Given Shanghai’s vast Art Deco heritage, a meeting was long overdue. The amount of Art Deco to see in the world’s most populous city made it impossible to take in everything but we sure tried! Fortunately, the meeting was very well organized and our hosts Patrick Cranley and Tina Kanagaratnam assembled a great support staff. Many thanks to everybody who worked on this outstanding event!
The world’s largest port, Shanghai has long been a place where East met West. This, combined with a period of great prosperity early in the 20th century followed by war, occupation and ultimately, communist government combined to make a unique Chinese-European culture with many buildings surviving long enough to become fashionable once again.
I arrived in Shanghai on Halloween. Do the Chinese celebrate Halloween? Yup. See video.
I stayed in Pudong, the new part of Shanghai (Patrick says residents of historic Shanghai call it Pu Jersey–ouch! Anyway, despite the excellent Metro, staying in Pudong turned out to be kind of a hassle, what with the events held in the “real” Shanghai across the river (I was aware of this, but had a deal for a free hotel room in Pudong with frequent flyer points and free is hard to beat.)
Day one’s events included registration, optional tours of Jewish Shanghai and old Shanghai Government Complex, a partially completed, partially abandoned, partially used government zone north of today’s city center. I especially wanted to see the Aviation Building, and we did but it was almost dark which meant another trip (and another post.) We did see some impressive art and architecture, including a swim stadium very much in current use.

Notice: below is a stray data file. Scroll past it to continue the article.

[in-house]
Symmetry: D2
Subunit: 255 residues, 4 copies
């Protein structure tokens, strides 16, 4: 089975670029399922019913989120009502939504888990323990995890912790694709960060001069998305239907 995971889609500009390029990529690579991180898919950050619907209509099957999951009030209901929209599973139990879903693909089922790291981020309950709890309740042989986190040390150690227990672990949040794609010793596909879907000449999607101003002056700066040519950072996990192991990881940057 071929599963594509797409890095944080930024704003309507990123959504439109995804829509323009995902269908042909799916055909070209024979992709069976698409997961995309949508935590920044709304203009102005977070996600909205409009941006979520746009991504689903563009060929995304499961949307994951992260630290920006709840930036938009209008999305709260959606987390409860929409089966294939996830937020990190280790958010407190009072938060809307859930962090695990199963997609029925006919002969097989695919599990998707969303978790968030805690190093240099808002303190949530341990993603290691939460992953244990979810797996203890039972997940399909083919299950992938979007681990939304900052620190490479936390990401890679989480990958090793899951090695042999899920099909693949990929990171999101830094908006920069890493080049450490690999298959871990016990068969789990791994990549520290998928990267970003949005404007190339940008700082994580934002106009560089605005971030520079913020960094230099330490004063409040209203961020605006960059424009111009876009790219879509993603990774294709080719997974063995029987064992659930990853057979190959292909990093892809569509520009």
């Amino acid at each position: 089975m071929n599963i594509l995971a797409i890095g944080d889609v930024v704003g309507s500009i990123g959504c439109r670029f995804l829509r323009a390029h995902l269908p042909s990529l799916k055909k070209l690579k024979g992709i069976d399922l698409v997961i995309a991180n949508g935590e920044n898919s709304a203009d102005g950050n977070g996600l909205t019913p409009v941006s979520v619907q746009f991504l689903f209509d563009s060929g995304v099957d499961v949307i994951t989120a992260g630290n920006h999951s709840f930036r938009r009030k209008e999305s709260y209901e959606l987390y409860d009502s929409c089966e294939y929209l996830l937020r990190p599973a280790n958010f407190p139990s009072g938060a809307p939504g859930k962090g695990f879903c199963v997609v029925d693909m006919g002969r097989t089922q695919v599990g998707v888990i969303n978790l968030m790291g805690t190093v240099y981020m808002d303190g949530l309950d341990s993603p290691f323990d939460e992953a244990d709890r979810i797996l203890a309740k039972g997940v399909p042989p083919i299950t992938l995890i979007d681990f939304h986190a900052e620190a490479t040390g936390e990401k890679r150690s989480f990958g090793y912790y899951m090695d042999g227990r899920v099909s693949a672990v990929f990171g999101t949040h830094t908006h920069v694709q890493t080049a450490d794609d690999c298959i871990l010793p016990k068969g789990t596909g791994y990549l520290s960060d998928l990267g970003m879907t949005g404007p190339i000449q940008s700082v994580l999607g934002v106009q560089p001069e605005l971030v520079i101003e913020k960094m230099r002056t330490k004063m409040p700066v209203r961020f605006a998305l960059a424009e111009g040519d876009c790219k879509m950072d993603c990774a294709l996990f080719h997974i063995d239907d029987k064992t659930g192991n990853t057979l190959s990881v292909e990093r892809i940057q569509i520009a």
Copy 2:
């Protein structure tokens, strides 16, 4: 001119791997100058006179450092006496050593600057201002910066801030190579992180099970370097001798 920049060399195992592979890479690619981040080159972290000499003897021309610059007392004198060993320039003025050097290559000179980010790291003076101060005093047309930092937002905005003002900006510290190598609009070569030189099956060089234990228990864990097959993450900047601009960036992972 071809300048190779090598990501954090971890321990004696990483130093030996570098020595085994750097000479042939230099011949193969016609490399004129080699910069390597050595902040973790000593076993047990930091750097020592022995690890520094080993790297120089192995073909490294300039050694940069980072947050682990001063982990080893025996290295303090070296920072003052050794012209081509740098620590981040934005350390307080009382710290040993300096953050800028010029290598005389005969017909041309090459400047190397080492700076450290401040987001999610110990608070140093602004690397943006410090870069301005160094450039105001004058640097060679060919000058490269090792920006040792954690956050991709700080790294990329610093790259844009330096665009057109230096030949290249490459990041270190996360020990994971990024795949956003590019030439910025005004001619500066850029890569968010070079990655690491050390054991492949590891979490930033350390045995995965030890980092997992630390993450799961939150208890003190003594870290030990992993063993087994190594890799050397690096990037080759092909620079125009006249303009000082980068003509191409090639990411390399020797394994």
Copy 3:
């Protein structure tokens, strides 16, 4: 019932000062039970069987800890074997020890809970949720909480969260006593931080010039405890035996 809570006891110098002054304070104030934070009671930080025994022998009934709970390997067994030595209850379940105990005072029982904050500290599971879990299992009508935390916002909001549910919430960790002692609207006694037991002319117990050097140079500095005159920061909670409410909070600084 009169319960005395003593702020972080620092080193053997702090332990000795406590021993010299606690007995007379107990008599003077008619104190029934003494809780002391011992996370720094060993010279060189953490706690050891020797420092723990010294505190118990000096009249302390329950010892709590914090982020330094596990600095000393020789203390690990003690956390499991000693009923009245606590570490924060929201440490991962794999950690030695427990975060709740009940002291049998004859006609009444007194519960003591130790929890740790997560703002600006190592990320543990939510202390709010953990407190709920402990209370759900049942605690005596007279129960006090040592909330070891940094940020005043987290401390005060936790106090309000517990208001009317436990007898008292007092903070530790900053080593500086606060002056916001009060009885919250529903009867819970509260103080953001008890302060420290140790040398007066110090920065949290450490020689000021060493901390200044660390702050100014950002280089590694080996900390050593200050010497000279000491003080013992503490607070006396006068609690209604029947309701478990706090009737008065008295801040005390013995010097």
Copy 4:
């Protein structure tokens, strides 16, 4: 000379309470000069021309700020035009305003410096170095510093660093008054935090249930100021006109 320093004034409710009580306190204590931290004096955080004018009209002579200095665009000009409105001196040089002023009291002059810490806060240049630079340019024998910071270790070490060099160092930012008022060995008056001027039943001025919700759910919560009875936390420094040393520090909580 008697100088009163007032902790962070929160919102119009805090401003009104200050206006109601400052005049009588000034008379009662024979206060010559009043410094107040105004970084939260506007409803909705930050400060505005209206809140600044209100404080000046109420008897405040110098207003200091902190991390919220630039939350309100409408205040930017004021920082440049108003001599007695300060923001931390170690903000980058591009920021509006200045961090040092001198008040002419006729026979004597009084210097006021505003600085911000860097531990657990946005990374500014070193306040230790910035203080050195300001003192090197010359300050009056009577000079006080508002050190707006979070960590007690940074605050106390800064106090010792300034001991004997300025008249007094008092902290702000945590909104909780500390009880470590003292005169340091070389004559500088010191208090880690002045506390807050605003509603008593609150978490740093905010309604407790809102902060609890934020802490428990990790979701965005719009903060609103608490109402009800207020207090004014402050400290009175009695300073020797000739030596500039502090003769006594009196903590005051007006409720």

Next, we kicked off the Congress in a big way. The Pei Villa was one of my four must-sees in Shanghai (Peace Hotel, Grosvenor House, French Club being the others.) I’d been to the Pei house years ago during a restoration, and even under construction it was obviously spectacular and a unique Chinese take on Art Deco.
The well-to-do Pei family (architect I.M. Pei is a member) built their mansion in 1934 and today it is not only restored; you can stay there. Alas, this was a nighttime event, making this a stop for another day.
I’m going to mix two visits together here, so you can get a better idea of what the house looks like.
The Pei house staff proudly point out the house has the oldest Otis elevator in China. But you’ll probably want to take the stairs:
Pretty interesting for the first day(!) And officially, the Congress starts tomorrow (when I will make yet another detour and spend most of the day behind the Bund.
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